CANTERBURY, England — Athletes in tip-top shape may be more likely to enjoy optimal cardiovascular health, but new research finds that playing sports can also have negative consequences on the heart. According to a study out of the United Kingdom, athletes are almost two-and-a-half times more likely to experience an irregular heartbeat.
Researchers say that those who play mixed sports such as soccer, rugby or netball have the highest risk when compared to athletes taking part in endurance sports such as Nordic skiing, orienteering or rowing.
Previous studies suggest that physical activity can improve cardiovascular health and is associated with reduced illness and deaths. However, they have suggested, after a certain threshold, increasing levels of exercise is linked to heart issues including atrial fibrillation or AFib, an irregular heartbeat which raises the risk of stroke and heart failure. After the Danish pro midfielder Christian Eriksen collapsed with heart failure at his side’s opening group match, researchers were prompted to continue this study.
The authors, led by researchers at Canterbury Christ Church University, made their findings during a review of 13 suitable studies that were published between 1990 and December 2020. Those studies looked at the risk of irregular heartbeat in 70,478 participants, including 6,816 athletes, who took part in sports such as cycling, running, swimming, Nordic skiing, orienteering, rowing, soccer, rugby, and netball.
The research team found the risk of AFib was 2.46 times higher among athletes than non-athletes. In those without cardiovascular disease risk factors, like type-2 diabetes, athletes were 3.7 times more at risk than non-athletes. Meanwhile, those under the age of 55 had a 3.6 times higher risk of AFib than older athletes, even though they were 76% more likely to have the condition than non-athletes.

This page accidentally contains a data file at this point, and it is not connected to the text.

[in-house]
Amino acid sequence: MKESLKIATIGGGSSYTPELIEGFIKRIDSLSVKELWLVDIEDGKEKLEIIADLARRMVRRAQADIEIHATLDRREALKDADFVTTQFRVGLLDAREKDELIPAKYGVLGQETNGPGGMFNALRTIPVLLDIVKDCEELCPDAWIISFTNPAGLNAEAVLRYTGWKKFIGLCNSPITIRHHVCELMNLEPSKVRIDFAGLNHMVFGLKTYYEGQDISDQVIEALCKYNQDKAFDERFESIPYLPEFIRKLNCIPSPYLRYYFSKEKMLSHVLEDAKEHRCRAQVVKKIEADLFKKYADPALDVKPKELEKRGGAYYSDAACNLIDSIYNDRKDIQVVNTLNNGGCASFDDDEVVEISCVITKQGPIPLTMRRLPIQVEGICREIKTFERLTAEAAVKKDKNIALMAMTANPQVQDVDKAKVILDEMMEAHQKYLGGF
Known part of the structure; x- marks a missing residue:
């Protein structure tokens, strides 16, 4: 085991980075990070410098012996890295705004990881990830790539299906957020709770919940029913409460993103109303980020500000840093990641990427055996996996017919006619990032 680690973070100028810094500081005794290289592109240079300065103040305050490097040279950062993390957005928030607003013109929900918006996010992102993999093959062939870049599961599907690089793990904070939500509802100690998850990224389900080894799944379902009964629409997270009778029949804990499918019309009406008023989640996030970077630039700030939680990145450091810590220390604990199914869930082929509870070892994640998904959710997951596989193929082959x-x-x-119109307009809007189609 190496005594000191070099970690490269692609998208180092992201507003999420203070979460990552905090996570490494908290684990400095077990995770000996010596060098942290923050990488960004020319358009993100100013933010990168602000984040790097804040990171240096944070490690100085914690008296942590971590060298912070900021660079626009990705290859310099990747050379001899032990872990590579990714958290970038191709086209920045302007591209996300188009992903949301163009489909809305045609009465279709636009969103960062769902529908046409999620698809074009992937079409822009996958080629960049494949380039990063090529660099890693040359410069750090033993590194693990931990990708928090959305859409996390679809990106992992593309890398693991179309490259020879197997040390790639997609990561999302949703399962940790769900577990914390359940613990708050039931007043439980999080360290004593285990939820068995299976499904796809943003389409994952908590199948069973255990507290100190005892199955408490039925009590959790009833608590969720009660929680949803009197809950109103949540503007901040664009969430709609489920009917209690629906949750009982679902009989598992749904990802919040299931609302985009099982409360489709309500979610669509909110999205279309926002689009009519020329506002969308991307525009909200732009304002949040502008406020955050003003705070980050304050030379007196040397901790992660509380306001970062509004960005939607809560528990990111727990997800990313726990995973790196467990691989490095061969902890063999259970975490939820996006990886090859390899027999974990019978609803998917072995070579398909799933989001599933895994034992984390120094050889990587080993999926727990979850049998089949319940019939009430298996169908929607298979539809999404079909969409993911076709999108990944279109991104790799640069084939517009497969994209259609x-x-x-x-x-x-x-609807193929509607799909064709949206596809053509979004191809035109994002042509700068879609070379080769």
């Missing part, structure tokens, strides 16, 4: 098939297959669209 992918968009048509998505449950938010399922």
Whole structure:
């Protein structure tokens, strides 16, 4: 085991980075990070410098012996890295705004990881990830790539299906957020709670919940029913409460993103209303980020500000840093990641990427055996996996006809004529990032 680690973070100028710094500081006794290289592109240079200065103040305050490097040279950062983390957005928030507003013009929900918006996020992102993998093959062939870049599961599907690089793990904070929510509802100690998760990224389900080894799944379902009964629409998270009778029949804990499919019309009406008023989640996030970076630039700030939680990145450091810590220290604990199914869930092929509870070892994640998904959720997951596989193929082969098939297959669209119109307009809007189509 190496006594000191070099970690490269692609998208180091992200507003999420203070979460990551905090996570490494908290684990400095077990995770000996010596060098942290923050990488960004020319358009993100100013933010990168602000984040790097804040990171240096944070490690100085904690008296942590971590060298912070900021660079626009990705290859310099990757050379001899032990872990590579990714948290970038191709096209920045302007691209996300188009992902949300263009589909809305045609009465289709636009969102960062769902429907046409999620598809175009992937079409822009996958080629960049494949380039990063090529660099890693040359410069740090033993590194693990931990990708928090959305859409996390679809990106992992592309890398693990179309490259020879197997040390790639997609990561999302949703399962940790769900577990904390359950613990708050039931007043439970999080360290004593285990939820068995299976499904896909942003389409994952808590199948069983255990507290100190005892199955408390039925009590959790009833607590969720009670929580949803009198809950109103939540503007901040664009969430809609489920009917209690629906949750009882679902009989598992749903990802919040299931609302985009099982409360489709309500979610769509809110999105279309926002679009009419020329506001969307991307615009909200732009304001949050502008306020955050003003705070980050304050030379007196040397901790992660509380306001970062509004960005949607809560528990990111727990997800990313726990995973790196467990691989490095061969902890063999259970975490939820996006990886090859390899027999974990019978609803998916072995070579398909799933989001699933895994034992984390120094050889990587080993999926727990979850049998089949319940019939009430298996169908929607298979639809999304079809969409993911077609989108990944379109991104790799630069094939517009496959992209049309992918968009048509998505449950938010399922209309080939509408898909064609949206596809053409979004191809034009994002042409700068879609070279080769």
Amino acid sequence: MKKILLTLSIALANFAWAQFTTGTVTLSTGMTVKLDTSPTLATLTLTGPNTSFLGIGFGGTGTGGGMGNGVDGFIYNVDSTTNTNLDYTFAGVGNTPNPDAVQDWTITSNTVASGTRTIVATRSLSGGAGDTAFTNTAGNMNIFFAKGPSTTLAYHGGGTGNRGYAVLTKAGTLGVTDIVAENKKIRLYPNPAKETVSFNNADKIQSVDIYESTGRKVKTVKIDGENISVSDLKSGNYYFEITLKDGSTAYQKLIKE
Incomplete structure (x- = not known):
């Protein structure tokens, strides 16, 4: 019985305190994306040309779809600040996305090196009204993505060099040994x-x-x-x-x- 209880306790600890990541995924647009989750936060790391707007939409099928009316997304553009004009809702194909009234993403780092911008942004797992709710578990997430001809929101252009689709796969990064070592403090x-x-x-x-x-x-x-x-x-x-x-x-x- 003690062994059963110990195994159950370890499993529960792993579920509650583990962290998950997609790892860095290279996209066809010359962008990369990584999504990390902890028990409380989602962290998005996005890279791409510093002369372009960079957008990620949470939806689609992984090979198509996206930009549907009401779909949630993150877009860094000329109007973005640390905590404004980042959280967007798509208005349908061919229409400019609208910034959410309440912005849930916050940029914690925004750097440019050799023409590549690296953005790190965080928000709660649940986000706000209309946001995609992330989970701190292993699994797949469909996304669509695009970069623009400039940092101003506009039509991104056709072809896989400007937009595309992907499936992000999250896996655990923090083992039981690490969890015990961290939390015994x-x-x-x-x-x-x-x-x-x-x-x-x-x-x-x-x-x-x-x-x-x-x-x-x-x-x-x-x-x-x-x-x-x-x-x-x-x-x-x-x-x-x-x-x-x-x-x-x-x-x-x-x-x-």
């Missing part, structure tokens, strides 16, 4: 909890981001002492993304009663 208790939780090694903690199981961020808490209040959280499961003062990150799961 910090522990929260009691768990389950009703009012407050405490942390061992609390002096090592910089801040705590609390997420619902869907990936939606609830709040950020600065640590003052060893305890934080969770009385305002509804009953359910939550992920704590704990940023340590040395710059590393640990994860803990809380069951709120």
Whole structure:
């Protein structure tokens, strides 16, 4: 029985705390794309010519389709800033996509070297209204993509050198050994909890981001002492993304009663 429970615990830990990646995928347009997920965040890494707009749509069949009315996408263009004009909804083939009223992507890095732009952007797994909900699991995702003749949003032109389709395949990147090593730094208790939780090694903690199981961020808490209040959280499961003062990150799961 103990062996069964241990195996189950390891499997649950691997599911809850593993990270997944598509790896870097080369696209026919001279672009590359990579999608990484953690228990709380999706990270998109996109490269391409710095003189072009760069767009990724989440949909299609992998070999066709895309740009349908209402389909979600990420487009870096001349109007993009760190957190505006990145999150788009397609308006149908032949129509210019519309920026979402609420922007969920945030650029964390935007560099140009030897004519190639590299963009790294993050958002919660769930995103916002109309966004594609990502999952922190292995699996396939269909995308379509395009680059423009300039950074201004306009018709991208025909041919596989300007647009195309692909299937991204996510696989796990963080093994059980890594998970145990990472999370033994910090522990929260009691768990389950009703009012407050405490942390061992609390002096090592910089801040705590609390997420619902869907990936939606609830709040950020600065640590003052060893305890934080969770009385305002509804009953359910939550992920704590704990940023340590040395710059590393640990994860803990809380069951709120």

Further analysis also showed that athletes taking part in mixed sports rather than endurance sports had a higher risk of irregular heartbeat. “Athletes have a significantly greater likelihood of developing atrial fibrillation compared with non-athlete controls,” the researchers conclude in their report. “Younger aged athletes have a greater relative risk of atrial fibrillation compared with older athletes. However, exercise dose parameters, including training and competition history, as well as potential gender differences for the risk of atrial fibrillation requires future research.”
This study is published in the British Journal of Sports Medicine.
SWNS writer William Janes contributed to this report.